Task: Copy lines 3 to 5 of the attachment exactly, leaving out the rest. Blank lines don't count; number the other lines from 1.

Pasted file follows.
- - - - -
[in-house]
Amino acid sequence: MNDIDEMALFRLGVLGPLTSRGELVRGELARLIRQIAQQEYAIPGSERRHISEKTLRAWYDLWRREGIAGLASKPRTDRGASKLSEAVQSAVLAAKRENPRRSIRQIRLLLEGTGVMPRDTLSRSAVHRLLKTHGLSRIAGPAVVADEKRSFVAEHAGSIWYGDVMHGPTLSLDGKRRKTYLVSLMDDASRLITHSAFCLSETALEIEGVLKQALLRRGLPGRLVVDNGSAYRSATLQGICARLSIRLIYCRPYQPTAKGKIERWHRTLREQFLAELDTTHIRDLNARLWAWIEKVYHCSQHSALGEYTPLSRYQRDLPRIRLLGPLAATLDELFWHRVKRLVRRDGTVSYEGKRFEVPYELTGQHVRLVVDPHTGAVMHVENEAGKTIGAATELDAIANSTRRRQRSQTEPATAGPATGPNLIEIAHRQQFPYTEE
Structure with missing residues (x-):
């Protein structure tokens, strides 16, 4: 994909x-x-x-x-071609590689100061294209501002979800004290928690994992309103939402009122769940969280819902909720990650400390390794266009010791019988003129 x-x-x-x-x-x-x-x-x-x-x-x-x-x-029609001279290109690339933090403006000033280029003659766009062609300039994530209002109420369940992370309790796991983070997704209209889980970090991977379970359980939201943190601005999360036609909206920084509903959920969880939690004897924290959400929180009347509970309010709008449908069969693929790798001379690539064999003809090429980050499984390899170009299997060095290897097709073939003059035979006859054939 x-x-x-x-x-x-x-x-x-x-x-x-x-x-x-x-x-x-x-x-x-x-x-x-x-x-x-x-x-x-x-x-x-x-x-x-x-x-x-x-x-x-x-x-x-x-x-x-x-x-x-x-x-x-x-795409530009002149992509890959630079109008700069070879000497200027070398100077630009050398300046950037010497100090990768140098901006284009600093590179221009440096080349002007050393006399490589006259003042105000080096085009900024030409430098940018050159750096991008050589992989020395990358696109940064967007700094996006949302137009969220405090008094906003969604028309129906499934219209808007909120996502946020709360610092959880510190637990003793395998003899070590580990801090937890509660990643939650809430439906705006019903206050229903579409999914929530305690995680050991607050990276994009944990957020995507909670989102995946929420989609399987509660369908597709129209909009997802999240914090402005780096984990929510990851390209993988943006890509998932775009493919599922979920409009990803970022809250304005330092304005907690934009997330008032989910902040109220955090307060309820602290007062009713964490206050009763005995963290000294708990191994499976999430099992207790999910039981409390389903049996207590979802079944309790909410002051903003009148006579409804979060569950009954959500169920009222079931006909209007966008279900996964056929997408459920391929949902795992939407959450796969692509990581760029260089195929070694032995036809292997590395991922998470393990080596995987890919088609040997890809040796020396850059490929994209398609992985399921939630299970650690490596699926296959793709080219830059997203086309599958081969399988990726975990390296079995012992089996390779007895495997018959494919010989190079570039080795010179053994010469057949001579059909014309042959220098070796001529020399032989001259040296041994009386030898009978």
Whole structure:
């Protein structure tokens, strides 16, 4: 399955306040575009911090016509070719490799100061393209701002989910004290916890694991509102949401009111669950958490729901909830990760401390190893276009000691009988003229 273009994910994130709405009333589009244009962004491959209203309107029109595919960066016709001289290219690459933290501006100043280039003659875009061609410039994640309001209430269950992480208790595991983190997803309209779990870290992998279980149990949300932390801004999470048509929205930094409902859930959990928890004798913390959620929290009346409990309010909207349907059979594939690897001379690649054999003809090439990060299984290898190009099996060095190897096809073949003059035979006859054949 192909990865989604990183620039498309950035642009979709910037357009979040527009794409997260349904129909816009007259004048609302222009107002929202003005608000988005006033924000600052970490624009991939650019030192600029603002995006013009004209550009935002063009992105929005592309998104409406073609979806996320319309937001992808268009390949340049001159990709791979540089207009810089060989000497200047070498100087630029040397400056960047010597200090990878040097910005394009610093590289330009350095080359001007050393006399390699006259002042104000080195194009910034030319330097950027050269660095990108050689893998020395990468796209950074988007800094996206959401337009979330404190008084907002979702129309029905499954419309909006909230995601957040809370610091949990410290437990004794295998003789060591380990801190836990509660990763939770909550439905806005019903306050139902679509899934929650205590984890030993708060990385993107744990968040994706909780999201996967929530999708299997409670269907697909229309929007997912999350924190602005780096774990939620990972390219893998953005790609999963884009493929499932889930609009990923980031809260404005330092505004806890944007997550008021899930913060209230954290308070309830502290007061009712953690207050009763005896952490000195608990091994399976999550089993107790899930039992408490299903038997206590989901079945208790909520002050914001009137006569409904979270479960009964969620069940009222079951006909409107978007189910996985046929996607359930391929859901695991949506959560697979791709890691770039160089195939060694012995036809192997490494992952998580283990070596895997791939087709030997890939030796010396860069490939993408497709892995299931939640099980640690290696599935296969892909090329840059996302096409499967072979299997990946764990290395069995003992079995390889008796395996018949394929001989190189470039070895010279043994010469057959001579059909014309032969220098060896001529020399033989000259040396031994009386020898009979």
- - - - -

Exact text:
Structure with missing residues (x-):
């Protein structure tokens, strides 16, 4: 994909x-x-x-x-071609590689100061294209501002979800004290928690994992309103939402009122769940969280819902909720990650400390390794266009010791019988003129 x-x-x-x-x-x-x-x-x-x-x-x-x-x-029609001279290109690339933090403006000033280029003659766009062609300039994530209002109420369940992370309790796991983070997704209209889980970090991977379970359980939201943190601005999360036609909206920084509903959920969880939690004897924290959400929180009347509970309010709008449908069969693929790798001379690539064999003809090429980050499984390899170009299997060095290897097709073939003059035979006859054939 x-x-x-x-x-x-x-x-x-x-x-x-x-x-x-x-x-x-x-x-x-x-x-x-x-x-x-x-x-x-x-x-x-x-x-x-x-x-x-x-x-x-x-x-x-x-x-x-x-x-x-x-x-x-x-795409530009002149992509890959630079109008700069070879000497200027070398100077630009050398300046950037010497100090990768140098901006284009600093590179221009440096080349002007050393006399490589006259003042105000080096085009900024030409430098940018050159750096991008050589992989020395990358696109940064967007700094996006949302137009969220405090008094906003969604028309129906499934219209808007909120996502946020709360610092959880510190637990003793395998003899070590580990801090937890509660990643939650809430439906705006019903206050229903579409999914929530305690995680050991607050990276994009944990957020995507909670989102995946929420989609399987509660369908597709129209909009997802999240914090402005780096984990929510990851390209993988943006890509998932775009493919599922979920409009990803970022809250304005330092304005907690934009997330008032989910902040109220955090307060309820602290007062009713964490206050009763005995963290000294708990191994499976999430099992207790999910039981409390389903049996207590979802079944309790909410002051903003009148006579409804979060569950009954959500169920009222079931006909209007966008279900996964056929997408459920391929949902795992939407959450796969692509990581760029260089195929070694032995036809292997590395991922998470393990080596995987890919088609040997890809040796020396850059490929994209398609992985399921939630299970650690490596699926296959793709080219830059997203086309599958081969399988990726975990390296079995012992089996390779007895495997018959494919010989190079570039080795010179053994010469057949001579059909014309042959220098070796001529020399032989001259040296041994009386030898009978």
Whole structure: